<preform>David Seddon & Martha Mundy: Why we support the Israeli university boycott</preform>

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Those who support the institutional boycott of Israeli universities are not a few fanatics but a wide range of people in the higher education union, the Association of University Teachers and British academia including a number (such as ourselves) who specialise in Middle Eastern studies.

Those who support the institutional boycott of Israeli universities are not a few fanatics but a wide range of people in the higher education union, the Association of University Teachers and British academia including a number (such as ourselves) who specialise in Middle Eastern studies. We value academic debate, but accept that academics mustn't ignore the wider political context.

The boycott aims to stimulate debate and political change. It is directed at particular institutions and, more generally, at the failure of Israeli academia to tell those in power the truth. In nearly four decades of the illegal occupation of the West Bank, East Jerusalem, Gaza and the Golan Heights, there has been nothing from Israeli academia on the scale of the opposition in UK universities to the war on Iraq. We support this boycott, not from a false position of superiority but as part of the opposition to illegal invasion and occupation of sovereign territory. At stake are violations of human rights on such a scale that not to take action renders us co-responsible. As UK academics, we failed to stop the invasion and occupation of Iraq, but we continue to oppose our Government's action in this regard and to accept responsibility for war damages.

We welcome debate with those who are opposed to the Israeli government's policies but who do not agree with a boycott. They should not, however, be diverted from our common priority: challenging Israeli government policy and putting pressure on the British government and the European Union to act for justice in Israel and Palestine, as well as the Middle East more widely.

It is as members of the union that we have taken forward this particular form of action. Remembering the boycott movement against South African apartheid, many of us would like this to be part of a general economic, social and cultural boycott until an end to the Israeli occupation of lands conquered in 1967 is achieved. We are concerned as academics, however, with the role of Israeli academic institutions as a whole and the active engagement of some in the occupation. Bar-Ilan University is an extreme example but others are not above reproach. A standard argument in defence of Israeli universities is that they are more open than Arab universities. If true, how does this relate to the problem of occupation? And is it true? Consider Lebanon, where there are universities of every political, linguistic and religious stripe and a press for which academics often write and in which the Hebrew press is regularly translated.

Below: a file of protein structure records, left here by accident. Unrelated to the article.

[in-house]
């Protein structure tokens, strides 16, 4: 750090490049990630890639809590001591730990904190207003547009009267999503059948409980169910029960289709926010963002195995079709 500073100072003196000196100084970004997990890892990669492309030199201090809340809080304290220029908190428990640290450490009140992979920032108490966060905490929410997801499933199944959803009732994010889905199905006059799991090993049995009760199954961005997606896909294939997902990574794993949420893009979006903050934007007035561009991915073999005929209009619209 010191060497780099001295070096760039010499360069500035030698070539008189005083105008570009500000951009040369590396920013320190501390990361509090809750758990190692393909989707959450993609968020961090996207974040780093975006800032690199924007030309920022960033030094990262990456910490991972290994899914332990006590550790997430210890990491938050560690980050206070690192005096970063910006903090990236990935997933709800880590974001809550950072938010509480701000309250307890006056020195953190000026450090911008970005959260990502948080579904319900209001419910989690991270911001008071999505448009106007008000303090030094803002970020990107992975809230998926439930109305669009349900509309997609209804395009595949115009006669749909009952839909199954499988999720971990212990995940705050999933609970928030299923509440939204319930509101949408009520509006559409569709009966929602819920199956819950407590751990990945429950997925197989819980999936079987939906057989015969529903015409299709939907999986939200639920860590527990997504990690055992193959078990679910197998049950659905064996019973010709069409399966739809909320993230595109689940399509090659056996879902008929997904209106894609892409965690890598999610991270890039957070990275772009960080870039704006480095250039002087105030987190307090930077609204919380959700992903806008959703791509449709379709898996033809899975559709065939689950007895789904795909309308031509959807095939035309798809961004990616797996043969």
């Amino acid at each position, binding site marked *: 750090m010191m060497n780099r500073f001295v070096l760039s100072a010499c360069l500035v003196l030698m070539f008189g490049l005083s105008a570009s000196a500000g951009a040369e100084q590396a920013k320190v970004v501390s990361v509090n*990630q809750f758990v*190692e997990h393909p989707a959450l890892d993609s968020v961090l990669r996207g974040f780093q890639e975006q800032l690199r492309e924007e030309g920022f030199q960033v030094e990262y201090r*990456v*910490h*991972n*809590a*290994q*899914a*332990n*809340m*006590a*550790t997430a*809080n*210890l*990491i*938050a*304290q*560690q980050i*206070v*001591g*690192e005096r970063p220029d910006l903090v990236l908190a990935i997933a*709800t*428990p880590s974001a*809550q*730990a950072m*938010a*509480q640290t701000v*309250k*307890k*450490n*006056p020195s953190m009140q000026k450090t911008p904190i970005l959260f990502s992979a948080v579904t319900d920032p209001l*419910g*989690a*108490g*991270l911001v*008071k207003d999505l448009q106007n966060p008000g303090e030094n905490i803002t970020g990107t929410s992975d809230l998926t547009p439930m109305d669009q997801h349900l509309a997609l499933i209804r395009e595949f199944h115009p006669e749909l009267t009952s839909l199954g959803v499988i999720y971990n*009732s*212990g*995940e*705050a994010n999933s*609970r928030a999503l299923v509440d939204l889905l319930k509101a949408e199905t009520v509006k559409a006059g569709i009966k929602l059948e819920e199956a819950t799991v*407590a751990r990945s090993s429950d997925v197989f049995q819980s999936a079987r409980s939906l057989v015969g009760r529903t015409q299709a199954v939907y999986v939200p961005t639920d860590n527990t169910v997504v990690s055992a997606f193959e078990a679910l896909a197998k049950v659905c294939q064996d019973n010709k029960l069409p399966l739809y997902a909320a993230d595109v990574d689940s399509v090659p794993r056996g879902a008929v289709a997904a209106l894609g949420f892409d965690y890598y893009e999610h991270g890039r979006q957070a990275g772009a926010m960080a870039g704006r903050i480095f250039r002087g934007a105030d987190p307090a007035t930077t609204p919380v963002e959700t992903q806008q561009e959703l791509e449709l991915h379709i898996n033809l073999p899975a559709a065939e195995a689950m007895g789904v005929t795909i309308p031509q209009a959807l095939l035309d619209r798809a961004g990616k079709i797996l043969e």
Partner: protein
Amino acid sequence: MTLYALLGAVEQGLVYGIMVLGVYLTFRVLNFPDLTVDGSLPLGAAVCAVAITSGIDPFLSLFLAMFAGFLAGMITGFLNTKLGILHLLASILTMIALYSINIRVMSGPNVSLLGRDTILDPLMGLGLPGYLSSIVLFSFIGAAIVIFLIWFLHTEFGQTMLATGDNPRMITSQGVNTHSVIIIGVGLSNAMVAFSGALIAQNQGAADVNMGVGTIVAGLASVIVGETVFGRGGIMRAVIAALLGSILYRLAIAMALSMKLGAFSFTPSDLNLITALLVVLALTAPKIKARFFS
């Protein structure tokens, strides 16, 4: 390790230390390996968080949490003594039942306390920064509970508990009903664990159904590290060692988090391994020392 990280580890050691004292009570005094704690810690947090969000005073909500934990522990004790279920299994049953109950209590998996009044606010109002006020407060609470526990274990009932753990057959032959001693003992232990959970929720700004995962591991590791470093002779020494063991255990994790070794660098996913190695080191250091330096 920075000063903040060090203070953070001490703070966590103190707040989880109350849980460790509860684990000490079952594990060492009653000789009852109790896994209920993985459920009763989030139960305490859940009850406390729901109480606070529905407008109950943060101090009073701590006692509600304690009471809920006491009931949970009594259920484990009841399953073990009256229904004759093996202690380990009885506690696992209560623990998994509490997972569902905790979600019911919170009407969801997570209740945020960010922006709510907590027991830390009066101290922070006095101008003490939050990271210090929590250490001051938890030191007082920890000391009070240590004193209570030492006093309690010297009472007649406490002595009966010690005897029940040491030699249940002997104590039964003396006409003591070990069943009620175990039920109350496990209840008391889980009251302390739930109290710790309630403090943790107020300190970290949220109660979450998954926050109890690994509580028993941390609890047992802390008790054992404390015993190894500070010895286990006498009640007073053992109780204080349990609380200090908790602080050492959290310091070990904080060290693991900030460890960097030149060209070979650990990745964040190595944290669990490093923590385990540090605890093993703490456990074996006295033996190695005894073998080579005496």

The parallel with the long boycott movement of South Africa is that, as in the case of Israel, great powers have for years taken no serious action against major violations of human rights. Individuals and organisations of civil society need to explore non-violent means of sanction. Clearly, military occupation, land seizure and denial of refugee status are different forms of human rights abuse from those in apartheid South Africa; equally clearly, the hierarchy of legally defined citizenship turns on the question of religion in Israel. The parallel with South Africa is that such gross social injustice demands civil action.

For these reasons we support our Palestinian colleagues in their call for a boycott (full PACBI statement at http://www.bricup. org.uk). In an institutional boycott, the main thrust is towards institutional players. Individual academics have a complex and often ambiguous role within their own institutions. We wish to support those who speak out, and to challenge those who effectively support the Israeli occupation.

We must act now. The premise of the Oslo Accords - that without outside sanctions, negotiation between the parties could lead to a just peace - has been negated by successive Israeli actions: annexation of east Jerusalem and the Golan Heights; massive expansion of settlements in the occupied territories; the 2002 reoccupation; destruction of Palestinian Authority institutions; construction of the annexation wall; and devastation of the Palestinian economy, territory and society.

Israel leaves us with little choice but to support the boycott.

Professor David Seddon works at the School of Development Studies, University of East Anglia, and Dr Martha Mundy is reader in anthropology at the London School of Economics

education@independent.co.uk

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